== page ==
Friday, May 11, 2007

CONCERT REVIEW: Players soar in Jarvi's capable hands

The Plain Dealer

May 11, 2007

Cleveland Orchestra May 10, Severance Hall

By Donald Rosenberg Plain Dealer Music Critic

The Cincinnati Symphony apparently knows a winner when it has one. Last week, the orchestra extended the contract of music director Paavo Jarvi to 2011, with an evergreen clause that establishes the potential to renew the relationship annually.
The wisdom of Cincinnati's move was evident Thursday at Severance Hall, where Jarvi led an Ohio colleague, the Cleveland Orchestra, in outstanding performances of music by Jean Sibelius, Richard Strauss and Sergei Prokofiev. The Estonian conductor was joined in Strauss' Horn Concerto No. 2 by Richard King, the Cleveland Orchestra's principal horn and an old classmate from Philadelphia's Curtis Institute of Music.
Jarvi made his debut with the Cleveland musicians in July 2004 at Blossom Music Festival, but this weekend's concerts mark his Severance Hall debut. Shouldn't he be signed quickly for a return engagement? His shaping of Prokofiev's Symphony No. 5 certainly indicated that he is a conductor keenly able to communicate bold ideas to orchestra and audience alike.
Many interpreters treat the Prokofiev Fifth as an emotional catharsis dripping with bombast and sentimentality. Jarvi avoided such a stereotypical view, instead allowing the narratives to unfold with utmost inevitability and inner strength.
Every tempo Jarvi chose, including several of patient expansiveness, focused attention on the big picture. This was an account of seamless progress, with details heightened and moods evoked to soaring, exuberant and sometimes chilling effect. The macabre moments in the slow movement have rarely sounded so unsettling.
Jarvi had the Cleveland Orchestra playing with a gorgeous blend of penetrating sonority and cohesive agility. When Prokofiev asked for moonlit lyricism, the shimmer was present. When it was needed, there was plenty of explosive power and energy.
If Cincinnati knows what to cherish, so should Cleveland. Hornist King treated Strauss' Second Horn Concerto, in its Cleveland Orchestra debut, to a performance of graceful assurance, lyrical warmth and acrobatic dexterity. The composer wrote the piece at 78, almost 60 years after his First Horn Concerto, but the later work retains youthful verve even as it basks in poignant poetry.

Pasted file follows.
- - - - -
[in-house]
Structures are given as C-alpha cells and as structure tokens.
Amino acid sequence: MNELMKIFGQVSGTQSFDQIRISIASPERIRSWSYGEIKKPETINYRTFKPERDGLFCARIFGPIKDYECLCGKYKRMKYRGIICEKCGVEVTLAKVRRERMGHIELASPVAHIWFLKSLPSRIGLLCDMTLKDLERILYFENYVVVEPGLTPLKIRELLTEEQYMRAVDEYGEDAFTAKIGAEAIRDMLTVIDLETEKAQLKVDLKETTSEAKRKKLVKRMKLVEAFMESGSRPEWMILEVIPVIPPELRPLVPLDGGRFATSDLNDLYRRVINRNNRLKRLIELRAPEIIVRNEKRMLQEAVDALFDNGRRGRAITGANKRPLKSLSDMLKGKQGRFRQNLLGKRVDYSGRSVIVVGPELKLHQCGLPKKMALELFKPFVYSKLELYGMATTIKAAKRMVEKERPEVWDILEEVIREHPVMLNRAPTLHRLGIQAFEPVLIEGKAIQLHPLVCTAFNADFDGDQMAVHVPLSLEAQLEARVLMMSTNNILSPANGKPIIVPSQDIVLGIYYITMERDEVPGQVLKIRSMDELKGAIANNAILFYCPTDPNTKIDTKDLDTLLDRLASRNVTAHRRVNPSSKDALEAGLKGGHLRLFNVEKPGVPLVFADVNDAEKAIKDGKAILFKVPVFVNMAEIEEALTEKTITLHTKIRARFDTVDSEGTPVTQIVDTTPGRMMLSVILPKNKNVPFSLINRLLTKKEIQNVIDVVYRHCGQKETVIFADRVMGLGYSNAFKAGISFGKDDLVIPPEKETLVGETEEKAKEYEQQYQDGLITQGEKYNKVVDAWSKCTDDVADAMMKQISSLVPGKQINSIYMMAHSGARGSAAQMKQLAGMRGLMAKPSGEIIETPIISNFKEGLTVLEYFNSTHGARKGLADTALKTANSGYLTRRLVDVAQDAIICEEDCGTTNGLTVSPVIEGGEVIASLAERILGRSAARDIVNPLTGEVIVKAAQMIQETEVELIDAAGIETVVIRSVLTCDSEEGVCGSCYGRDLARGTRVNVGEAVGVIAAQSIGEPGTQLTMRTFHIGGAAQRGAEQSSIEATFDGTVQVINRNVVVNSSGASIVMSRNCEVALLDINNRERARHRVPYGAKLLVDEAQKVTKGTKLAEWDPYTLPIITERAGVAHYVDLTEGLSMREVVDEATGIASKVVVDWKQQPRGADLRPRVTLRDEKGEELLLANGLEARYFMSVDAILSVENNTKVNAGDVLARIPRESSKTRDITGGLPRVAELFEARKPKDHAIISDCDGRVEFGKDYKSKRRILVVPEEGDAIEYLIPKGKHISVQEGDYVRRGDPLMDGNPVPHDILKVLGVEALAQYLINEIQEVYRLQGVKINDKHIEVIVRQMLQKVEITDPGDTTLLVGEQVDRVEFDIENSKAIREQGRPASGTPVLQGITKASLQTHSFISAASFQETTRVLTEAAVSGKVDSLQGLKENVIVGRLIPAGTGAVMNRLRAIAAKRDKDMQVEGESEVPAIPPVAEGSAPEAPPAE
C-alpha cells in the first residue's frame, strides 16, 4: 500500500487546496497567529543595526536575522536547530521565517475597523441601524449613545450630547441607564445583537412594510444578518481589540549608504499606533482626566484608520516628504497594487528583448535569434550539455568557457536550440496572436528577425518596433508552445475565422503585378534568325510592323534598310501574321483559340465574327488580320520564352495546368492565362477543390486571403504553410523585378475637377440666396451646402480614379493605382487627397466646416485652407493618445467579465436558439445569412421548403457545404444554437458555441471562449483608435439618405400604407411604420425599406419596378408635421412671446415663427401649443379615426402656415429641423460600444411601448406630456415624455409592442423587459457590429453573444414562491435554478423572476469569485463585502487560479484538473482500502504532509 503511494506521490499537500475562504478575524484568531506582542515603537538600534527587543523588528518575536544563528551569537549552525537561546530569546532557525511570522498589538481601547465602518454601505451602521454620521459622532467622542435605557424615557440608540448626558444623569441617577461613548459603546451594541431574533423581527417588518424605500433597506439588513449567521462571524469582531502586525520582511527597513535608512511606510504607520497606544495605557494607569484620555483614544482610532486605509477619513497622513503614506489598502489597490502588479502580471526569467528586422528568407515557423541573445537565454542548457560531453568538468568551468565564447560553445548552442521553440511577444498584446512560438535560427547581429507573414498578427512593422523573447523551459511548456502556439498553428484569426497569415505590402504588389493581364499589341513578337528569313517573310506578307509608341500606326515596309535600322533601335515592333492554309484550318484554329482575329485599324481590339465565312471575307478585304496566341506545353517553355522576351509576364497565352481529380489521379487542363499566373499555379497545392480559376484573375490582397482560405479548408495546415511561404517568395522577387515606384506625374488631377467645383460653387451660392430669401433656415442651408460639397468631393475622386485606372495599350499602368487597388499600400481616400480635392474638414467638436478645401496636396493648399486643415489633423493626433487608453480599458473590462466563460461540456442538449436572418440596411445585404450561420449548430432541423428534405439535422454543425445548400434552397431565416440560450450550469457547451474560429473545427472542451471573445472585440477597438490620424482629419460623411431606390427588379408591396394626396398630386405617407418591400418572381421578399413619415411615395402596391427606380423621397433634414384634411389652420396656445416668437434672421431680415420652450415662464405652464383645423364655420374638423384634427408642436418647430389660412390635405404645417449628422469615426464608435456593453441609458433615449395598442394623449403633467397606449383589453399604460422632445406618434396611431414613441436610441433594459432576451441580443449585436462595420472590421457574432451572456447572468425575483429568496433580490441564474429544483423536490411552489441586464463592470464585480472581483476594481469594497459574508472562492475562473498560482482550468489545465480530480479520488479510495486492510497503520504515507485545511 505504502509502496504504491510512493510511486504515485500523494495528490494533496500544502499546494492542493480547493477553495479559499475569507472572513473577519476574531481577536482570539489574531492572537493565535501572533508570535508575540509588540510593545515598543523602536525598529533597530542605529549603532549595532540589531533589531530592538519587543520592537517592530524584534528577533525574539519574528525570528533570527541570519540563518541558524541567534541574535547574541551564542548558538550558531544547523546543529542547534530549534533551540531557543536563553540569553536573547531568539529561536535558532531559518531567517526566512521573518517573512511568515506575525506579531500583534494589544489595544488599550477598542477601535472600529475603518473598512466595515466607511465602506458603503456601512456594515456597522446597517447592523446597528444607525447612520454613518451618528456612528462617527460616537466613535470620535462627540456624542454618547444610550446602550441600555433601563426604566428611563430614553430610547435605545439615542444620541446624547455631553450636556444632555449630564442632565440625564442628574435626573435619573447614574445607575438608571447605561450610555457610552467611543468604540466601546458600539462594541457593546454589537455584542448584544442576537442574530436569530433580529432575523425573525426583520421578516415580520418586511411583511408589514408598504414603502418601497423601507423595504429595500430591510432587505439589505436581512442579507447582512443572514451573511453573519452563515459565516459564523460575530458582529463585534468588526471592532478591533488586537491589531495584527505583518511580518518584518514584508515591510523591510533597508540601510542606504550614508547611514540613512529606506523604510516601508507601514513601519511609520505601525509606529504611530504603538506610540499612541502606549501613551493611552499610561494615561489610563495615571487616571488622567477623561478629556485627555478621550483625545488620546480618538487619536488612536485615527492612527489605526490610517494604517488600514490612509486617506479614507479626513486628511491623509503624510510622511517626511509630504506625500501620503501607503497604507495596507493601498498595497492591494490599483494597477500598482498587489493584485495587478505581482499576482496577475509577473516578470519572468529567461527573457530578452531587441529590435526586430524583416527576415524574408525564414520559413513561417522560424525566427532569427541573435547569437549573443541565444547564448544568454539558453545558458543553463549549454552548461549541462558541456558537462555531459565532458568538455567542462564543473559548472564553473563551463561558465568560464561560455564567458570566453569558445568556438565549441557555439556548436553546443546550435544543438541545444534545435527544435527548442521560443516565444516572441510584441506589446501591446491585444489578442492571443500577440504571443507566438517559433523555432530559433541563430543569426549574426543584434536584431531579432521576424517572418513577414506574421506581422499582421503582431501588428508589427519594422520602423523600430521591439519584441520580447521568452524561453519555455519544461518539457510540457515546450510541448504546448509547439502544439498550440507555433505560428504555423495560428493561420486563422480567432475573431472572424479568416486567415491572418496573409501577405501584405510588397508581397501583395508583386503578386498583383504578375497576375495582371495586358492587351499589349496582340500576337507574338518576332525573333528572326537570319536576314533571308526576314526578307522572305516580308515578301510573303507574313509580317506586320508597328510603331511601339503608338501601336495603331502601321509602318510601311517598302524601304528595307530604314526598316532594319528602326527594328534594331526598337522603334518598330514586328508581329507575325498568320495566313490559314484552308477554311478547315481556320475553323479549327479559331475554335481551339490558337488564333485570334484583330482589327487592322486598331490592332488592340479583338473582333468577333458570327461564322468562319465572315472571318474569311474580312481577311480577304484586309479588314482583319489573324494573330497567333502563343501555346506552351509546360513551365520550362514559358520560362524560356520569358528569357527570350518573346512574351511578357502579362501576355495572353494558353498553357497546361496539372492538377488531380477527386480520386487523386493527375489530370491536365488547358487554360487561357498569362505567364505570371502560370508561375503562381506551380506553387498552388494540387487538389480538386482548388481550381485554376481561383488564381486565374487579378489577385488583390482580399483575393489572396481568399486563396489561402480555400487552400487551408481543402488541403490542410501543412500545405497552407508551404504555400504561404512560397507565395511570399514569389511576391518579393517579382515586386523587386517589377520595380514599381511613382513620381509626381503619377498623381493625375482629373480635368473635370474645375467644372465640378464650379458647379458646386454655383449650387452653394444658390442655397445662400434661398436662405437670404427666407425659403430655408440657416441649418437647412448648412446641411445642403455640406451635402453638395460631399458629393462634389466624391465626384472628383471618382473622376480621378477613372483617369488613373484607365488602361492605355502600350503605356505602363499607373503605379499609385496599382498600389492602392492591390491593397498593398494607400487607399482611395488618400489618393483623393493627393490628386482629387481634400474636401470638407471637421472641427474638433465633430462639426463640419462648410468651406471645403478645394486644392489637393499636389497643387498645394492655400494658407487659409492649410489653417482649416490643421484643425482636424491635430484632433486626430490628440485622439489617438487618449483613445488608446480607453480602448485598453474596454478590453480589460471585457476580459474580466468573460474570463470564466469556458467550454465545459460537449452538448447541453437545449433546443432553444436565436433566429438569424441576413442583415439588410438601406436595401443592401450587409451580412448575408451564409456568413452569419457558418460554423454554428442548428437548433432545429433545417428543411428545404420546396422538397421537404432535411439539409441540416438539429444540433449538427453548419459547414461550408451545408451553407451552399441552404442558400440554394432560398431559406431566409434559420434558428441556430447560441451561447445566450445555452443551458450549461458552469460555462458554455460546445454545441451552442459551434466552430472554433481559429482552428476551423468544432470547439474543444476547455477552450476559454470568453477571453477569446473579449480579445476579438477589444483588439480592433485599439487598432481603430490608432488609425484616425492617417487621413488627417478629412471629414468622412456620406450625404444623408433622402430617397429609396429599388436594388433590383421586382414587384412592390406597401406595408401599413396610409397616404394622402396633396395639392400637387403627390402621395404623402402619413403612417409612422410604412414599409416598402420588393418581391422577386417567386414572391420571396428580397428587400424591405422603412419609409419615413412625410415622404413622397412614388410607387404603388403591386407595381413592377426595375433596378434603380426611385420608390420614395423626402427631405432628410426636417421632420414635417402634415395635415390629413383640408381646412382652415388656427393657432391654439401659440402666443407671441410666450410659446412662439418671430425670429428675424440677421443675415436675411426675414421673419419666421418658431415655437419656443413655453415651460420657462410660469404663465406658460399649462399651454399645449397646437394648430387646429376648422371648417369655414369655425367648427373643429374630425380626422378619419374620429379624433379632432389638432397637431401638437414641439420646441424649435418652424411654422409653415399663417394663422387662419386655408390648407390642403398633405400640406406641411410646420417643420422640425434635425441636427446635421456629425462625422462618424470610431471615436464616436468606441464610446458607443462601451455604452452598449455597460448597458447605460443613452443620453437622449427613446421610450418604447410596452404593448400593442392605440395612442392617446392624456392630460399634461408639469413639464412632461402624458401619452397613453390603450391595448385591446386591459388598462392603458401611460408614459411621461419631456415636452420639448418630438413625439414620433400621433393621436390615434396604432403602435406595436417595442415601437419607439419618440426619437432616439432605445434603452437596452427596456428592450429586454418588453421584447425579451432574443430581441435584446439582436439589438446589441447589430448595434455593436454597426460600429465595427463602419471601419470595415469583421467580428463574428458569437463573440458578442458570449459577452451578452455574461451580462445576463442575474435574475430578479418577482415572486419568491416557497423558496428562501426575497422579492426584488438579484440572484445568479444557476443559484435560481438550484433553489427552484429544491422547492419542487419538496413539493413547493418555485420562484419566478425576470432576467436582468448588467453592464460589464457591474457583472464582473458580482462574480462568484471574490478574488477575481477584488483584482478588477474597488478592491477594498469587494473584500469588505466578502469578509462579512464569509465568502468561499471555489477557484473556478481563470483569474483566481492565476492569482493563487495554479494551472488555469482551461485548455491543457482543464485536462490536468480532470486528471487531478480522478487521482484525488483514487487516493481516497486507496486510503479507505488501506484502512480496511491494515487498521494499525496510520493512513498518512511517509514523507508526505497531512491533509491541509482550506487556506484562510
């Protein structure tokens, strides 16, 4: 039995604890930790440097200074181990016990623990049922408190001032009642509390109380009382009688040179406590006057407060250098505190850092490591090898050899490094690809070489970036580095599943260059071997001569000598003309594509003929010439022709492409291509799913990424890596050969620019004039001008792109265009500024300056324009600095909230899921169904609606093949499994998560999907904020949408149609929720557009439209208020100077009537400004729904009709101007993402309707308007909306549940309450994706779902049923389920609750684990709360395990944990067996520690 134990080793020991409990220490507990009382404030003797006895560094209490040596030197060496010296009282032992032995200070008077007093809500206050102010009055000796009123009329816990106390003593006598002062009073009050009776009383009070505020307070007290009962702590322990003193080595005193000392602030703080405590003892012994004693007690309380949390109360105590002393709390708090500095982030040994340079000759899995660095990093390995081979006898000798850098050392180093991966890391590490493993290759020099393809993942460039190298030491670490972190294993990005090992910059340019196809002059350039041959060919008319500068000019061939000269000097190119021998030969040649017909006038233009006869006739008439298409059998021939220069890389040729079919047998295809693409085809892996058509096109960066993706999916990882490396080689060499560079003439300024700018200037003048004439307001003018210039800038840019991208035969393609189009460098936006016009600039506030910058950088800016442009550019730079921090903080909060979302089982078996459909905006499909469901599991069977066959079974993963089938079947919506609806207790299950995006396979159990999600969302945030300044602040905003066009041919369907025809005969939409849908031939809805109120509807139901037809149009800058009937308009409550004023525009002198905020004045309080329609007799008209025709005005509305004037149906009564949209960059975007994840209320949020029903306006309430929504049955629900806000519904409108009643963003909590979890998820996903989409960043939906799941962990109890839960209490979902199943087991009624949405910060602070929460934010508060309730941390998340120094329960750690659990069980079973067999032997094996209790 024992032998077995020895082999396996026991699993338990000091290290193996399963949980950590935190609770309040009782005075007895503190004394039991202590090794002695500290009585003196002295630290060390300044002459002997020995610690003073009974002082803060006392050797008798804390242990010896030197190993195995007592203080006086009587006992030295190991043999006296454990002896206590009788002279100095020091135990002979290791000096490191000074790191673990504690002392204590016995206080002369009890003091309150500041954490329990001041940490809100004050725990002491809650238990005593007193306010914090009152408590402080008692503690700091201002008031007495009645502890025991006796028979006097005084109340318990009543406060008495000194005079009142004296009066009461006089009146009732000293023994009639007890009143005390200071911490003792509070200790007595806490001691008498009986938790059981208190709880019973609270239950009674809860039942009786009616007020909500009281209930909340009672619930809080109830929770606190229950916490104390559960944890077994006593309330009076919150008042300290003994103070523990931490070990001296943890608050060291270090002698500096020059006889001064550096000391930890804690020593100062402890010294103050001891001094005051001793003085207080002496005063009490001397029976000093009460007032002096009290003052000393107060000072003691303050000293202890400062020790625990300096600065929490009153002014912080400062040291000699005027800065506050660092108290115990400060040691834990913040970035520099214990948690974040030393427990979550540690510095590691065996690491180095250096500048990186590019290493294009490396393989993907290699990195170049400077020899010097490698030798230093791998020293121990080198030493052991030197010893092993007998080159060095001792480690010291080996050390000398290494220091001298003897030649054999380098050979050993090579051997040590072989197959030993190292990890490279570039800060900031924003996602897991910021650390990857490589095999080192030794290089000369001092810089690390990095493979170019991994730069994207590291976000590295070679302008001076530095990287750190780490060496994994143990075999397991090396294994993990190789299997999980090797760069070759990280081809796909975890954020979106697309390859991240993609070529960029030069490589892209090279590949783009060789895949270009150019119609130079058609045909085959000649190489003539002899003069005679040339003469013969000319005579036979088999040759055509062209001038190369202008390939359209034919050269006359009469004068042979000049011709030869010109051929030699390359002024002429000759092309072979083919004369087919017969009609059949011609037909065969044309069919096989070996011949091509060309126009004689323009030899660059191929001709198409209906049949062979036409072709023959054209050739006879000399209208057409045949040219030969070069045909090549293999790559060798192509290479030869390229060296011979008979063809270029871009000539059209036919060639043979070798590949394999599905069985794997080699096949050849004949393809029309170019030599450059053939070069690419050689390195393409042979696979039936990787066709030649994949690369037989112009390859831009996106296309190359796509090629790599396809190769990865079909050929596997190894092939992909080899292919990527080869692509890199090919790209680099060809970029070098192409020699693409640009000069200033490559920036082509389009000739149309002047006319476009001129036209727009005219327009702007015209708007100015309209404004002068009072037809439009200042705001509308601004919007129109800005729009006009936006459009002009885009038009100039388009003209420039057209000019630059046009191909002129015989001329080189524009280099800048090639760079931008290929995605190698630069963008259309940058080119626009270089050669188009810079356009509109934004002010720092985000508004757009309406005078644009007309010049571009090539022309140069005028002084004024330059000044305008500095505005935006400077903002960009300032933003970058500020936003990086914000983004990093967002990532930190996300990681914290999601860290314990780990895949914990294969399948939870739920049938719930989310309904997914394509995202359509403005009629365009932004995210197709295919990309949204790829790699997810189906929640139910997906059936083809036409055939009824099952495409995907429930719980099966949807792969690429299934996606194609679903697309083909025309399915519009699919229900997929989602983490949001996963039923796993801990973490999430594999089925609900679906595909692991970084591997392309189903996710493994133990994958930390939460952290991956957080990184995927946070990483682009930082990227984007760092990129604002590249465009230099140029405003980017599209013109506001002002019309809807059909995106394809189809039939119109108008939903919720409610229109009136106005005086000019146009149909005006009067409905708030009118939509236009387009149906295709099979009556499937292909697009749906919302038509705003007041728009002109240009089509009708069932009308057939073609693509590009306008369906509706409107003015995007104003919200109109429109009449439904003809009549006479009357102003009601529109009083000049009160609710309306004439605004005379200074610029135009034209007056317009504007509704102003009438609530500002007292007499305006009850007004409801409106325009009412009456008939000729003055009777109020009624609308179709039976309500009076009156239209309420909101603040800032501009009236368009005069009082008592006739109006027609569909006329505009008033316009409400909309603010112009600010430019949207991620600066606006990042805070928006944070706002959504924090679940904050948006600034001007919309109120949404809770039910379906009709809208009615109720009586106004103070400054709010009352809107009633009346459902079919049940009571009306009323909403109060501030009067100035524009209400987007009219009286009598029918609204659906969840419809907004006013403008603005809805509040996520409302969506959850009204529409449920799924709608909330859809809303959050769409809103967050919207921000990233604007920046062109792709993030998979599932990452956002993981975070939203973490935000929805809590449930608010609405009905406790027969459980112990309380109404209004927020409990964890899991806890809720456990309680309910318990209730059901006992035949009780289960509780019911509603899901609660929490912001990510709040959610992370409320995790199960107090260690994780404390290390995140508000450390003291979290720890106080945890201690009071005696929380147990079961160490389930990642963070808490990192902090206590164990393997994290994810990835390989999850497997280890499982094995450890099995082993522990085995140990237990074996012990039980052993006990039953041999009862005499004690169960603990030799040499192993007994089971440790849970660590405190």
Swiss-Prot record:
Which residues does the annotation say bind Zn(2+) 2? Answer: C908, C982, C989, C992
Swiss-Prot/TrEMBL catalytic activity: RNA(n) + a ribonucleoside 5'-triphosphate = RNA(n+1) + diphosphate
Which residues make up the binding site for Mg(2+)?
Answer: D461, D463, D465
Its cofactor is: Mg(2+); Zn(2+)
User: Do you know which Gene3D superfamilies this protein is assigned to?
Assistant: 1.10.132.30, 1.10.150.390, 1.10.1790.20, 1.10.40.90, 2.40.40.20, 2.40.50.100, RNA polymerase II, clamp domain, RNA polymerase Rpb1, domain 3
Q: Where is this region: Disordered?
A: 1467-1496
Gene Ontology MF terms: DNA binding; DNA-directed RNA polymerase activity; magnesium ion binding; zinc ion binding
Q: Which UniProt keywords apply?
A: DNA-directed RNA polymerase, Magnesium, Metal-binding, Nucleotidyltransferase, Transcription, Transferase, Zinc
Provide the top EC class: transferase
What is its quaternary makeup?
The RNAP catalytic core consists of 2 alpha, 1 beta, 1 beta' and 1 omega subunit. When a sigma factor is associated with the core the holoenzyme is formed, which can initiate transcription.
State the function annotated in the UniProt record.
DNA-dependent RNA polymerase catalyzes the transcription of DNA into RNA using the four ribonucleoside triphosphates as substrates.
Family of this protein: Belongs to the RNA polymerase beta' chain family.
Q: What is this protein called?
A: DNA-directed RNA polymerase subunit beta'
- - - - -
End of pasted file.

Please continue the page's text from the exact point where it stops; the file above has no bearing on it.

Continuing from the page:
The horn can be a notoriously uncooperative instrument. Don't tell that to King, whose confidence and security allowed listeners to dwell on Strauss' songful phrases and limber lines. The hornist's tonal suppleness in all registers pointed out the composer's affection for the human voice. J rvi and the orchestra maintained light textures and rhythmic buoyancy.
The program began with a Sibelius curiosity, "Night Ride and Sunrise," which wanders aimlessly on repeated figures until arriving at a luminous depiction of dawn. Although the orchestra was a bit fuzzy in the early pages, Jarvi and company went on to unfold ample Sibelian majesty.
The program is repeated at 8 p.m. Saturday. It will be braodcast live on WCLV FM/104.9 on Saturday.

1 comment:

Anonymous said...

But my dear Primavera, who ARE you? Just a hint, perhaps? Someone local?
Someone associated with the CSO?

Although this is about Mr. Jarvi, and can be managed successfully in a technical way by many these days, some of us had come to appreciate Sandye's entire presence and personality on the internet.

Good luck with your continued mission.